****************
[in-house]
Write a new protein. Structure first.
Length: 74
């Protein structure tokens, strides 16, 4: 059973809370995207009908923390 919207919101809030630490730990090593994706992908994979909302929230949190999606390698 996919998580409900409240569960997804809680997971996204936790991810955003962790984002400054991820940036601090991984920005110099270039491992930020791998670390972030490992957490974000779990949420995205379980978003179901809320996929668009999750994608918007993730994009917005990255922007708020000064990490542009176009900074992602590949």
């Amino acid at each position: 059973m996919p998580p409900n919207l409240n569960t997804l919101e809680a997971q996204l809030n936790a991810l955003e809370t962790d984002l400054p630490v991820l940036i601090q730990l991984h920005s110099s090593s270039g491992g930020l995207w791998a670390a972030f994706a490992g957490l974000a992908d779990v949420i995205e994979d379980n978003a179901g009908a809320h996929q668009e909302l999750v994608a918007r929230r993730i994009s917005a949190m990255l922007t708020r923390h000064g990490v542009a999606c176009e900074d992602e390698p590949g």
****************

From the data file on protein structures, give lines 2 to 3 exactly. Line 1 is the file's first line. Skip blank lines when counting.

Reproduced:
Write a new protein. Structure first.
Length: 74